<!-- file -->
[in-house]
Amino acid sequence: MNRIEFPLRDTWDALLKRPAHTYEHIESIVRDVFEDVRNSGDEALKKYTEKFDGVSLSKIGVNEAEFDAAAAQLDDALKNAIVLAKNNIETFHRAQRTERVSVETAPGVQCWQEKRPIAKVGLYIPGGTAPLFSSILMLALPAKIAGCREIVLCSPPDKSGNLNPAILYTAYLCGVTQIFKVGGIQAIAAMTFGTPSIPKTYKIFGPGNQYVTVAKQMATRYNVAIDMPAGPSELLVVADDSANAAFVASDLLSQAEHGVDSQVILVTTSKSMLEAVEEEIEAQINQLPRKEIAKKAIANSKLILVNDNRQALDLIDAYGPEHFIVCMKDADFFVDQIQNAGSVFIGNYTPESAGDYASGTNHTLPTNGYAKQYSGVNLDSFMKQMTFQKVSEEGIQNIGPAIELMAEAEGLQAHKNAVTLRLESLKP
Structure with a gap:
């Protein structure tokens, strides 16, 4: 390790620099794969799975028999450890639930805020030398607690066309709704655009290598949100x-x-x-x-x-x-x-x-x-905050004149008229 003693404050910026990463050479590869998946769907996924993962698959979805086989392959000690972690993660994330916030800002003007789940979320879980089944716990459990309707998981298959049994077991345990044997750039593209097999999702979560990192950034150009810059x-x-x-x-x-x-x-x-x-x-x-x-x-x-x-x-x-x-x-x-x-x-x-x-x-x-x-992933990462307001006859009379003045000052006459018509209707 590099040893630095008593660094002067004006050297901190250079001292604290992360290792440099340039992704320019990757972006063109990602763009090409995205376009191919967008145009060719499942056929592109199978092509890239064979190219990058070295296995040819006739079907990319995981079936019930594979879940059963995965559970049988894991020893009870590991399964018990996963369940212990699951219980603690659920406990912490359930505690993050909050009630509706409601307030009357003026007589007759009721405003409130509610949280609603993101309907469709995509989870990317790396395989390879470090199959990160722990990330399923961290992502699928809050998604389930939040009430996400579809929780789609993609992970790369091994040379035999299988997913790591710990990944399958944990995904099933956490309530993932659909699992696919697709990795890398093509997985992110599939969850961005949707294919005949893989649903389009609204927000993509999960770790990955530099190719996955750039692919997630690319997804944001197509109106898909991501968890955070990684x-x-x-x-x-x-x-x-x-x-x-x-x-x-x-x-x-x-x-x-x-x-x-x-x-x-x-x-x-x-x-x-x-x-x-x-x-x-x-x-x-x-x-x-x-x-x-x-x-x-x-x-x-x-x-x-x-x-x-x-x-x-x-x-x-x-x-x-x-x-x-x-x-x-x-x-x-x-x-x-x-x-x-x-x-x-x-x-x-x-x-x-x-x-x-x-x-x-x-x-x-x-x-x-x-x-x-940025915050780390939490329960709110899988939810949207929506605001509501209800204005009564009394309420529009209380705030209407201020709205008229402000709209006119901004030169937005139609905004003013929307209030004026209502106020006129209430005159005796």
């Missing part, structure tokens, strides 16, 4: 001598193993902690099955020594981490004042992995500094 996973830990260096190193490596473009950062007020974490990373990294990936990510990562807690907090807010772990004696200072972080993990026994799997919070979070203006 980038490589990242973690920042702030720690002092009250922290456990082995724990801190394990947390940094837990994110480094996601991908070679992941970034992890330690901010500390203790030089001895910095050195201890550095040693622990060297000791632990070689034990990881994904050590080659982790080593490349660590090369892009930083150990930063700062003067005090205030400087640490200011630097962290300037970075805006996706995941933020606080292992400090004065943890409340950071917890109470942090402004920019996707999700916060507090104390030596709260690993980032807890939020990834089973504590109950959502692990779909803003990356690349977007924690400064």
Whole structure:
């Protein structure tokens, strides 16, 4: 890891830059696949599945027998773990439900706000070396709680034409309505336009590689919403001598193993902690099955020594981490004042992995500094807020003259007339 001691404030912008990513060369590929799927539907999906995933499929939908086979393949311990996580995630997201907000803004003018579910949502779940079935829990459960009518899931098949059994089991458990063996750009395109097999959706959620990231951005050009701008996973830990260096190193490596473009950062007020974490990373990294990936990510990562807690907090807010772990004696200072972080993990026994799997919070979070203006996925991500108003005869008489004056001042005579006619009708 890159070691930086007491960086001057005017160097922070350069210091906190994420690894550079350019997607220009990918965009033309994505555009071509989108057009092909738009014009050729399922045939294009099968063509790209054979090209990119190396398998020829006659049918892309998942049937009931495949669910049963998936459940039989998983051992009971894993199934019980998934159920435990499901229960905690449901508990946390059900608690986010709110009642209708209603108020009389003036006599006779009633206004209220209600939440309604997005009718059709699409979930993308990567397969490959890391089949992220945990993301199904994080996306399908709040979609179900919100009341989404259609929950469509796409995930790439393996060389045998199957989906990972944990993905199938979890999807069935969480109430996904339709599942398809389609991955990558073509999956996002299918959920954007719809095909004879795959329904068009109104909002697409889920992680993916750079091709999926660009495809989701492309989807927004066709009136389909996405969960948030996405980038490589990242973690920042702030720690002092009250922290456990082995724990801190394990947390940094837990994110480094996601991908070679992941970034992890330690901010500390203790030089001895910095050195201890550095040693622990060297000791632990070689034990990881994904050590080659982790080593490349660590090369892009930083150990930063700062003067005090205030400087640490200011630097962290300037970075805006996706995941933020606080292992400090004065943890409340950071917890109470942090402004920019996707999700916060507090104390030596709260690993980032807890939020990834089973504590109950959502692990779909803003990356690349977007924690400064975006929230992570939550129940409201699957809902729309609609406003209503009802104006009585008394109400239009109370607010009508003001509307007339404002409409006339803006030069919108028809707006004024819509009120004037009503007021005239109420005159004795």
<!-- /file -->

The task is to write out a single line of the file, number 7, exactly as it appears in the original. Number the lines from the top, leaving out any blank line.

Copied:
């Protein structure tokens, strides 16, 4: 890891830059696949599945027998773990439900706000070396709680034409309505336009590689919403001598193993902690099955020594981490004042992995500094807020003259007339 001691404030912008990513060369590929799927539907999906995933499929939908086979393949311990996580995630997201907000803004003018579910949502779940079935829990459960009518899931098949059994089991458990063996750009395109097999959706959620990231951005050009701008996973830990260096190193490596473009950062007020974490990373990294990936990510990562807690907090807010772990004696200072972080993990026994799997919070979070203006996925991500108003005869008489004056001042005579006619009708 890159070691930086007491960086001057005017160097922070350069210091906190994420690894550079350019997607220009990918965009033309994505555009071509989108057009092909738009014009050729399922045939294009099968063509790209054979090209990119190396398998020829006659049918892309998942049937009931495949669910049963998936459940039989998983051992009971894993199934019980998934159920435990499901229960905690449901508990946390059900608690986010709110009642209708209603108020009389003036006599006779009633206004209220209600939440309604997005009718059709699409979930993308990567397969490959890391089949992220945990993301199904994080996306399908709040979609179900919100009341989404259609929950469509796409995930790439393996060389045998199957989906990972944990993905199938979890999807069935969480109430996904339709599942398809389609991955990558073509999956996002299918959920954007719809095909004879795959329904068009109104909002697409889920992680993916750079091709999926660009495809989701492309989807927004066709009136389909996405969960948030996405980038490589990242973690920042702030720690002092009250922290456990082995724990801190394990947390940094837990994110480094996601991908070679992941970034992890330690901010500390203790030089001895910095050195201890550095040693622990060297000791632990070689034990990881994904050590080659982790080593490349660590090369892009930083150990930063700062003067005090205030400087640490200011630097962290300037970075805006996706995941933020606080292992400090004065943890409340950071917890109470942090402004920019996707999700916060507090104390030596709260690993980032807890939020990834089973504590109950959502692990779909803003990356690349977007924690400064975006929230992570939550129940409201699957809902729309609609406003209503009802104006009585008394109400239009109370607010009508003001509307007339404002409409006339803006030069919108028809707006004024819509009120004037009503007021005239109420005159004795």